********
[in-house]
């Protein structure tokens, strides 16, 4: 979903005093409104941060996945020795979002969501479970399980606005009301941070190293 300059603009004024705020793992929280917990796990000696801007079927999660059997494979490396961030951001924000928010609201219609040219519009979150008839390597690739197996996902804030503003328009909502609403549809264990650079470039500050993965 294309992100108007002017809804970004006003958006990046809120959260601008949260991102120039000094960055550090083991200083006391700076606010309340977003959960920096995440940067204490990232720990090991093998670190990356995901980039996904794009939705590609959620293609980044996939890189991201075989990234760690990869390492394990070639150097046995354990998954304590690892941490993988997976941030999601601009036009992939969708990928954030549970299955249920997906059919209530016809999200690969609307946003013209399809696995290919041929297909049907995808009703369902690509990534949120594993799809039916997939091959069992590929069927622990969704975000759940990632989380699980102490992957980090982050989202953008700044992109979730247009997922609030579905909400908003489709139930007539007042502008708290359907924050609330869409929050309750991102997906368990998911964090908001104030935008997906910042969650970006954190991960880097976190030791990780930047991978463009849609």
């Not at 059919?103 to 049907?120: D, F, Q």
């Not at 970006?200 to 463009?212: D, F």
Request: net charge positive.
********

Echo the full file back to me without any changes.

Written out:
[in-house]
């Protein structure tokens, strides 16, 4: 979903005093409104941060996945020795979002969501479970399980606005009301941070190293 300059603009004024705020793992929280917990796990000696801007079927999660059997494979490396961030951001924000928010609201219609040219519009979150008839390597690739197996996902804030503003328009909502609403549809264990650079470039500050993965 294309992100108007002017809804970004006003958006990046809120959260601008949260991102120039000094960055550090083991200083006391700076606010309340977003959960920096995440940067204490990232720990090991093998670190990356995901980039996904794009939705590609959620293609980044996939890189991201075989990234760690990869390492394990070639150097046995354990998954304590690892941490993988997976941030999601601009036009992939969708990928954030549970299955249920997906059919209530016809999200690969609307946003013209399809696995290919041929297909049907995808009703369902690509990534949120594993799809039916997939091959069992590929069927622990969704975000759940990632989380699980102490992957980090982050989202953008700044992109979730247009997922609030579905909400908003489709139930007539007042502008708290359907924050609330869409929050309750991102997906368990998911964090908001104030935008997906910042969650970006954190991960880097976190030791990780930047991978463009849609």
């Not at 059919?103 to 049907?120: D, F, Q």
């Not at 970006?200 to 463009?212: D, F």
Request: net charge positive.